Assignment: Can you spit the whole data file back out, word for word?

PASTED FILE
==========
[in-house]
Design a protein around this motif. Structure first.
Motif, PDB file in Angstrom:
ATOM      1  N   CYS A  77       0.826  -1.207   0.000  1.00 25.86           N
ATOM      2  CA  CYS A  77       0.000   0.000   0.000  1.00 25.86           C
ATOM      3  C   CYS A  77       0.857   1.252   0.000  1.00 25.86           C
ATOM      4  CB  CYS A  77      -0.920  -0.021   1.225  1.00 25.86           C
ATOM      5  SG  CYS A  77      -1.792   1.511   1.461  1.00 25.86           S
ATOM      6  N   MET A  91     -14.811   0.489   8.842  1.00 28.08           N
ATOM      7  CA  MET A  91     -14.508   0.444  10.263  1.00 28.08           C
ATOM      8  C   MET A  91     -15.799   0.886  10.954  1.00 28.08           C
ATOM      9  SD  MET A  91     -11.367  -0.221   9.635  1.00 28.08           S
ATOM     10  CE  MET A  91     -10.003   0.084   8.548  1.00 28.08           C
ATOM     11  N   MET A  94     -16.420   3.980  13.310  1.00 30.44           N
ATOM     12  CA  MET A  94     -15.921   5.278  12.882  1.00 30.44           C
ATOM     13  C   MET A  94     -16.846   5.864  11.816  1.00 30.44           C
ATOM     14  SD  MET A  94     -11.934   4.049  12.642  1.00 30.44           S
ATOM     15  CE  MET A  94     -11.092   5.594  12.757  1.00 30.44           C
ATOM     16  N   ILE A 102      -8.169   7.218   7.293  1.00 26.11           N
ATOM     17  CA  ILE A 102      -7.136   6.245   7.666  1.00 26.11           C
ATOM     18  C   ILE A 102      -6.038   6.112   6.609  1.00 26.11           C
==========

[in-house]
Design a protein around this motif. Structure first.
Motif, PDB file in Angstrom:
ATOM      1  N   CYS A  77       0.826  -1.207   0.000  1.00 25.86           N
ATOM      2  CA  CYS A  77       0.000   0.000   0.000  1.00 25.86           C
ATOM      3  C   CYS A  77       0.857   1.252   0.000  1.00 25.86           C
ATOM      4  CB  CYS A  77      -0.920  -0.021   1.225  1.00 25.86           C
ATOM      5  SG  CYS A  77      -1.792   1.511   1.461  1.00 25.86           S
ATOM      6  N   MET A  91     -14.811   0.489   8.842  1.00 28.08           N
ATOM      7  CA  MET A  91     -14.508   0.444  10.263  1.00 28.08           C
ATOM      8  C   MET A  91     -15.799   0.886  10.954  1.00 28.08           C
ATOM      9  SD  MET A  91     -11.367  -0.221   9.635  1.00 28.08           S
ATOM     10  CE  MET A  91     -10.003   0.084   8.548  1.00 28.08           C
ATOM     11  N   MET A  94     -16.420   3.980  13.310  1.00 30.44           N
ATOM     12  CA  MET A  94     -15.921   5.278  12.882  1.00 30.44           C
ATOM     13  C   MET A  94     -16.846   5.864  11.816  1.00 30.44           C
ATOM     14  SD  MET A  94     -11.934   4.049  12.642  1.00 30.44           S
ATOM     15  CE  MET A  94     -11.092   5.594  12.757  1.00 30.44           C
ATOM     16  N   ILE A 102      -8.169   7.218   7.293  1.00 26.11           N
ATOM     17  CA  ILE A 102      -7.136   6.245   7.666  1.00 26.11           C
ATOM     18  C   ILE A 102      -6.038   6.112   6.609  1.00 26.11           C